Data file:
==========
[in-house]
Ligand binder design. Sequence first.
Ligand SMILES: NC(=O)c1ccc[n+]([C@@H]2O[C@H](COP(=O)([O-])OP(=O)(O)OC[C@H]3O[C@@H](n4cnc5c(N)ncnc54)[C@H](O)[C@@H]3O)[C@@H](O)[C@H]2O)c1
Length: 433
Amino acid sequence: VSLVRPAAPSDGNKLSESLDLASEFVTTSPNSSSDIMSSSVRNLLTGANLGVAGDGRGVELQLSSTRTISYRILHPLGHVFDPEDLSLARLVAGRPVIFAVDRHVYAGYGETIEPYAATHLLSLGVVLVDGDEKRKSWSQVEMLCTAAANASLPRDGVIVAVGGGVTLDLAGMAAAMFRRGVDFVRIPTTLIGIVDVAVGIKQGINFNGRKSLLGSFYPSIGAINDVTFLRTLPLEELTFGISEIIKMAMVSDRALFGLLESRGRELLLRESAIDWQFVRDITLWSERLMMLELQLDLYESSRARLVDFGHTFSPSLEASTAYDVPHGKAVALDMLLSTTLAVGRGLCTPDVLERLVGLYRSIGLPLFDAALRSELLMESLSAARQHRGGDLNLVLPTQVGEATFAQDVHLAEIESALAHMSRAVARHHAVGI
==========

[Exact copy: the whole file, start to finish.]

[in-house]
Ligand binder design. Sequence first.
Ligand SMILES: NC(=O)c1ccc[n+]([C@@H]2O[C@H](COP(=O)([O-])OP(=O)(O)OC[C@H]3O[C@@H](n4cnc5c(N)ncnc54)[C@H](O)[C@@H]3O)[C@@H](O)[C@H]2O)c1
Length: 433
Amino acid sequence: VSLVRPAAPSDGNKLSESLDLASEFVTTSPNSSSDIMSSSVRNLLTGANLGVAGDGRGVELQLSSTRTISYRILHPLGHVFDPEDLSLARLVAGRPVIFAVDRHVYAGYGETIEPYAATHLLSLGVVLVDGDEKRKSWSQVEMLCTAAANASLPRDGVIVAVGGGVTLDLAGMAAAMFRRGVDFVRIPTTLIGIVDVAVGIKQGINFNGRKSLLGSFYPSIGAINDVTFLRTLPLEELTFGISEIIKMAMVSDRALFGLLESRGRELLLRESAIDWQFVRDITLWSERLMMLELQLDLYESSRARLVDFGHTFSPSLEASTAYDVPHGKAVALDMLLSTTLAVGRGLCTPDVLERLVGLYRSIGLPLFDAALRSELLMESLSAARQHRGGDLNLVLPTQVGEATFAQDVHLAEIESALAHMSRAVARHHAVGI